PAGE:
Vale Harry Firth: Australian Motorsport Legend Dies, Aged 96 Photo:
1963_harry_firth_bob_jane_bathurst_01 Photo: tmr
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harry_firth_01 Photo: tmr
1969_colin_bond_hdt_holden_monaro_bathurst_01 Photo: tmr
1967_harry_firth_fred_gibson_bathurst_01 Photo: tmr
1972_peter_brock_holden_torana_bathurst_01 Photo: tmr
1972_harry_firth_02 Photo: tmr
1974_hdt_torana_01 Photo: tmr
1972_harry_firth_01 Photo: tmr
harry_firth_peter_brock_torana_01 Photo: tmr
Trevor Collett | Apr, 27 2014 | 7 Comments

Australian motorsport legend Harry Firth has died, aged 96.

Firth was best known for his role as team manager for both the Ford and Holden factory teams in Australian Touring Car racing throughout the 1960s and 70s, along with his success as a driver in the early years of ‘The Great Race’.

Known as ‘The Fox’, Firth teamed up with Bob Jane to win the 1961 and 62 Armstrong 500 races at Phillip Island, before the race moved to Mount Panorama in Bathurst for 1963.

Jane and Firth made it three-in-a-row at Bathurst in ’63, and Firth teamed up with Fred Gibson to win the Gallaher 500 in 1967; Firth’s fourth and final Great Race victory.

The Fox earned his nickname through crafty displays as both a driver and team manager, one example of which was the ‘misplaced’ racing number on one of the Ford Works Falcons at Bathurst in 1968.

Firth later said he deliberately placed the car’s racing number off-centre on the front doors to draw attention away from the car’s lower-than-standard ride height.

Harry was also well known for fashioning engineering solutions to prepare road cars for the stresses of motorsport.

In 1969, Firth jumped ship from Ford to Holden and the Holden Dealer Team (HDT) was formed around his leadership.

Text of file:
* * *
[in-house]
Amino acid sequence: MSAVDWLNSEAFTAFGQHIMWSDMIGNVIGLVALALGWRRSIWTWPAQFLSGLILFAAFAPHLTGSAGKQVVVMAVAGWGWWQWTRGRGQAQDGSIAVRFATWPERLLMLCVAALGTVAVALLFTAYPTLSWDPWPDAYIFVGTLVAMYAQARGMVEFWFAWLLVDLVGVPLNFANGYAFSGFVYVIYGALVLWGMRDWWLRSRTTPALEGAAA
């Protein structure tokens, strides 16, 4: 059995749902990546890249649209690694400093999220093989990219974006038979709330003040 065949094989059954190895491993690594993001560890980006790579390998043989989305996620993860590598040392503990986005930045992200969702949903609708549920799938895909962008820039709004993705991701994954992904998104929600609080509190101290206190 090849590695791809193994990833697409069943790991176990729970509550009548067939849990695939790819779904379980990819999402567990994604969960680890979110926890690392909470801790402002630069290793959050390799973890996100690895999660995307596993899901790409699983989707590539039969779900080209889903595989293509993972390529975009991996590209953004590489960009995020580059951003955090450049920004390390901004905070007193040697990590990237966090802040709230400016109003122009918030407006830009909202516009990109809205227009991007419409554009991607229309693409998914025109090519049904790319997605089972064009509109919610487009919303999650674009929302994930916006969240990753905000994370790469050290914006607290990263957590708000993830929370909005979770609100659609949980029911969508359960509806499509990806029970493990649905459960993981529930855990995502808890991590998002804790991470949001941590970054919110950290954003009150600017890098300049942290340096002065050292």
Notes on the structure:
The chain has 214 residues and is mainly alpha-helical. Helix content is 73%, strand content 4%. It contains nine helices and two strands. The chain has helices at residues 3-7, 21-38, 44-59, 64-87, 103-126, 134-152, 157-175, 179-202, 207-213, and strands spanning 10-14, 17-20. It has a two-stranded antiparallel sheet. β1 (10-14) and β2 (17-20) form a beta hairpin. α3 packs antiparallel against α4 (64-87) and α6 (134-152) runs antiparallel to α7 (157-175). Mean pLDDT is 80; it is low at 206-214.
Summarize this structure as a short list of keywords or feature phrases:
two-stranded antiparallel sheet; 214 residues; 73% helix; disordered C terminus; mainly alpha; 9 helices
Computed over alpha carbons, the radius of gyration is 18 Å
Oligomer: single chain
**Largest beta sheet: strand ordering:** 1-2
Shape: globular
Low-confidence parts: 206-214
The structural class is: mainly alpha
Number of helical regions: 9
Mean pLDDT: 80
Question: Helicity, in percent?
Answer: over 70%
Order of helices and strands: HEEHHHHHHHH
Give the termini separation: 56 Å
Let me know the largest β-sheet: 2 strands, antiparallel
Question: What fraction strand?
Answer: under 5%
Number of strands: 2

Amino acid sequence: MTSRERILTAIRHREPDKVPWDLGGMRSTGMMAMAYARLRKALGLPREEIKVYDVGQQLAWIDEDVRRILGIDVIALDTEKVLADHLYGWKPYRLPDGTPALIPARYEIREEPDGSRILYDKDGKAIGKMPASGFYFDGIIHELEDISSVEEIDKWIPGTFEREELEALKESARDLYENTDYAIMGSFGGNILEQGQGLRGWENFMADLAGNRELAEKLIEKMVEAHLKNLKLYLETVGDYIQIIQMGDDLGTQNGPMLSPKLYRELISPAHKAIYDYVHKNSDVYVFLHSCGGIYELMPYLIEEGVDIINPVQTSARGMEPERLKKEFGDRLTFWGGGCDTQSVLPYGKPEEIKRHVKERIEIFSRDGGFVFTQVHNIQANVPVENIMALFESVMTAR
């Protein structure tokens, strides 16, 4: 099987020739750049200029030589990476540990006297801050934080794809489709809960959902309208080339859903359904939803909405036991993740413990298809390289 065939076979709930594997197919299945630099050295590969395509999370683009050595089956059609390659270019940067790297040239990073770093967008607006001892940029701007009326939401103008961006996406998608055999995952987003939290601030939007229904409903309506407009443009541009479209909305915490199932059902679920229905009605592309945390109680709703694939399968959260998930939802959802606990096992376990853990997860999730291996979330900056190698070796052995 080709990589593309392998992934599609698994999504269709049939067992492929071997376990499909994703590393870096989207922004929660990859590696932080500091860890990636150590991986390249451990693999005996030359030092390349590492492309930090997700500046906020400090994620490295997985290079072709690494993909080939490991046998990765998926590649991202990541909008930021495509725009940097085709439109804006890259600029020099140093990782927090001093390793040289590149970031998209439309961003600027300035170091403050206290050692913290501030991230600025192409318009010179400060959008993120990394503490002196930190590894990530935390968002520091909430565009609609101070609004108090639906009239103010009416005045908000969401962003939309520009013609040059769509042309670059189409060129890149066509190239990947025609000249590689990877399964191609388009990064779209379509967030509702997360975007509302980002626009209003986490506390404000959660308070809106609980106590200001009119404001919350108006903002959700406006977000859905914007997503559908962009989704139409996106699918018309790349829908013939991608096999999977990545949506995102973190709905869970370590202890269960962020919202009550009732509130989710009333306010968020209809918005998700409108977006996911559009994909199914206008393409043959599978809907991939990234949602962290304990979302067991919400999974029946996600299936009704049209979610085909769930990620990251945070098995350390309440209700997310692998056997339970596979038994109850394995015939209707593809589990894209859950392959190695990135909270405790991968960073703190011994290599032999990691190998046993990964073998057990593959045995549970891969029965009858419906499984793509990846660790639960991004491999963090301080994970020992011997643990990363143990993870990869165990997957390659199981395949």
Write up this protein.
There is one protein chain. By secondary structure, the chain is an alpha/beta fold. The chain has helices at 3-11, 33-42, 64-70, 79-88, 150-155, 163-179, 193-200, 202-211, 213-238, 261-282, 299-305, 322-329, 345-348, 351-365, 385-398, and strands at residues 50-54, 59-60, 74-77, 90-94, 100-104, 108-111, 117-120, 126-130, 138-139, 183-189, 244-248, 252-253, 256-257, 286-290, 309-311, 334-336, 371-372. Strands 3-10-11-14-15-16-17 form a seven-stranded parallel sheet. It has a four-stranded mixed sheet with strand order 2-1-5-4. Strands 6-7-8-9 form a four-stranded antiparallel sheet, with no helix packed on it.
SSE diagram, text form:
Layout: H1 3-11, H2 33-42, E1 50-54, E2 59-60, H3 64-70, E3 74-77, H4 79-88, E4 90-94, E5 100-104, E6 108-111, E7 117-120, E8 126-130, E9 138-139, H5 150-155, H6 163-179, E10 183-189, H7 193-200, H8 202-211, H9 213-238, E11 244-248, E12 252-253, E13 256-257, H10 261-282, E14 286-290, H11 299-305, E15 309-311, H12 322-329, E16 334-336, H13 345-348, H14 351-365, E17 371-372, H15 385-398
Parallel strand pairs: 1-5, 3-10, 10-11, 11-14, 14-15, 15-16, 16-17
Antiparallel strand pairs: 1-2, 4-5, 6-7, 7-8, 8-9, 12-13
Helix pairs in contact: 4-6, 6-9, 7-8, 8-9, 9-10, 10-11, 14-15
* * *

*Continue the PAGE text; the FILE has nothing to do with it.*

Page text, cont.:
The move paid off, with the Holden Monaro GTS of Tony Roberts and young rally driver Colin Bond winning the Hardie-Ferodo 500 in the team’s first year.

Another young driver by the name of Peter Geoffrey Brock was also recruited by Firth to drive for HDT in 1969, and three years later Brock won the first of his nine Bathurst ‘Great Race’ crowns.

The pair shared a low point in Firth’s career as team manager two years later in 1974, when Brock and co-driver Brian Sampson’s Holden Torana SL/R 5000 L34 expired while leading the Hardie-Ferodo 1000 by six laps.

Firth maintained that Brock disobeyed his orders to reduce speed and conserve the car, causing the engine to cry ‘enough’ on lap 118.

Brock maintains that he did, in fact, follow Firth’s orders despite his resistance, which caused one bank of the engine to run lean. The pair still hadn’t settled the score from 1974 before Brock died in 2006.

Firth’s run as HDT manager ended after the 1977 season, but he continued as an icon of Australian motorsport until failing health saw him lead a quieter life over the last few years.

He wrote and sold ‘bush-style’ poetry which celebrated Australian Touring Car racing from the 60s and 70s, and was a regular attendee at such events as the annual Australian Muscle Car Masters at Sydney Motorsport Park.

Harry Firth was awarded the Order of Australia Medal, Australian Sports Medal and CAMS Membership of Honour, and in 2007 he was inducted into the V8 Supercars Hall Of Fame.

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